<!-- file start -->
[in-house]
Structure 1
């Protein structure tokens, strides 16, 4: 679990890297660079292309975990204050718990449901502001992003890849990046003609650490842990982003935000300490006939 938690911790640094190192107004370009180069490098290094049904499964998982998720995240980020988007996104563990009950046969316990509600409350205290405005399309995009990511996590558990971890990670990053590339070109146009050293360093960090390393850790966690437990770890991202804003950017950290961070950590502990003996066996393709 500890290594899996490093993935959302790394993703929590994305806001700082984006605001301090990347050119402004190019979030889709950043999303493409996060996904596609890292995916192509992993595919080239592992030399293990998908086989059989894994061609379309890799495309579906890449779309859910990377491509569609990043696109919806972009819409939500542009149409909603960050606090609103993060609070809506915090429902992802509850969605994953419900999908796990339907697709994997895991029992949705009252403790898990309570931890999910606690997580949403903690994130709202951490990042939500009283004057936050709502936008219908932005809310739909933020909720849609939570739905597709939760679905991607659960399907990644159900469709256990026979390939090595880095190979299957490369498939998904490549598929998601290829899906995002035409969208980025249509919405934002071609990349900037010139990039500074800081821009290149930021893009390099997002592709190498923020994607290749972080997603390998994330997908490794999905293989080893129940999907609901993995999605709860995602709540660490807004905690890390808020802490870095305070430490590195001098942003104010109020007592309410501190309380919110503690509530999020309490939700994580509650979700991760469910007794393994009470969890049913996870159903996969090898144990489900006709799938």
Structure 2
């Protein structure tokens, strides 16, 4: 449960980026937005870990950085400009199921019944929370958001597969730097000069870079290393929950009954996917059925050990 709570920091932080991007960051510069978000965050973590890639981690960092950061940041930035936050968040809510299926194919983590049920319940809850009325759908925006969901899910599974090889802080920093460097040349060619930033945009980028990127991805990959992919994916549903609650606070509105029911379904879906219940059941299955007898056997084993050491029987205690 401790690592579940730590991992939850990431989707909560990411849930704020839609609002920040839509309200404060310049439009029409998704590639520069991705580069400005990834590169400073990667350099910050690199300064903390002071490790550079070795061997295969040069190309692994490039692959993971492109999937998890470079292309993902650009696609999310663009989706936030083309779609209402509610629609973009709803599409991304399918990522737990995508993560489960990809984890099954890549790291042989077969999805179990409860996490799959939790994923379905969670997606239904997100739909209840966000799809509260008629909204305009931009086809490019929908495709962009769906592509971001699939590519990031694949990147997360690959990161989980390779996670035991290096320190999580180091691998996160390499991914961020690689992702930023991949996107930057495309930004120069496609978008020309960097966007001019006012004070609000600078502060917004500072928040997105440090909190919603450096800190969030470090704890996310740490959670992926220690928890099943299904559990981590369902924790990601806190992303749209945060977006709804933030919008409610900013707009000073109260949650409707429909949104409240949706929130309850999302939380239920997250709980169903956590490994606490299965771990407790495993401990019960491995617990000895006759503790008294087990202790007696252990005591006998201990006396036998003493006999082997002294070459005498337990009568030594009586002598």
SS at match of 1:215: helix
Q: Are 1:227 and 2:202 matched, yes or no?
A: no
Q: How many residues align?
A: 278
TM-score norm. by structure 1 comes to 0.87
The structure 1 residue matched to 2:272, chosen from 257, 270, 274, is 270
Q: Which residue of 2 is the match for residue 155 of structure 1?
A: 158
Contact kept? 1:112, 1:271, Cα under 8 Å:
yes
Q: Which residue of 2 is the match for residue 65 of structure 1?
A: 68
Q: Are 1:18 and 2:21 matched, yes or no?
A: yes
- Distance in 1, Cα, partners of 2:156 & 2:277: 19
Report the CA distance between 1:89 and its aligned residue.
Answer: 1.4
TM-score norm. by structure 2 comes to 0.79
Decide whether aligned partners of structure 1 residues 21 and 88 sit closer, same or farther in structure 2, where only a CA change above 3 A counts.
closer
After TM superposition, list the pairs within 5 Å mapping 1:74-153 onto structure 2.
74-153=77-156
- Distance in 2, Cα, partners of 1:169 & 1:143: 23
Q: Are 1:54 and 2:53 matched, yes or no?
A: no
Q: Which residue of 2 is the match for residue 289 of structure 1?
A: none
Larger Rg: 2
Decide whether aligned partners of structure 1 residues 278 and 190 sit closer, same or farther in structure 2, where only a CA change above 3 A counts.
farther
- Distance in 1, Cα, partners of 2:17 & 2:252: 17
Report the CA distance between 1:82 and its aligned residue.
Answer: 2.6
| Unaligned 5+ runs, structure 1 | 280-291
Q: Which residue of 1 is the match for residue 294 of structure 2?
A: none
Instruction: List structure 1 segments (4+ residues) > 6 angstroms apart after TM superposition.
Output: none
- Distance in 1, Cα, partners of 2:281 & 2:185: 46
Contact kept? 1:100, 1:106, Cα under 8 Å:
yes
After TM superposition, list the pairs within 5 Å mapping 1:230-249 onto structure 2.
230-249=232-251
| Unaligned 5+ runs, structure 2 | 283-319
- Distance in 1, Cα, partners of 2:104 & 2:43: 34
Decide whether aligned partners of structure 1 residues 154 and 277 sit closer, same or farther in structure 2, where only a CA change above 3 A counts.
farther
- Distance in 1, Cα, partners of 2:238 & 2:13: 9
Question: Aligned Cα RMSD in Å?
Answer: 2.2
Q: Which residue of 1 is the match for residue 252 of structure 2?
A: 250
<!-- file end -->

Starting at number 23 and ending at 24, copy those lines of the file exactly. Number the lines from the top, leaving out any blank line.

Answer: 1.4
TM-score norm. by structure 2 comes to 0.79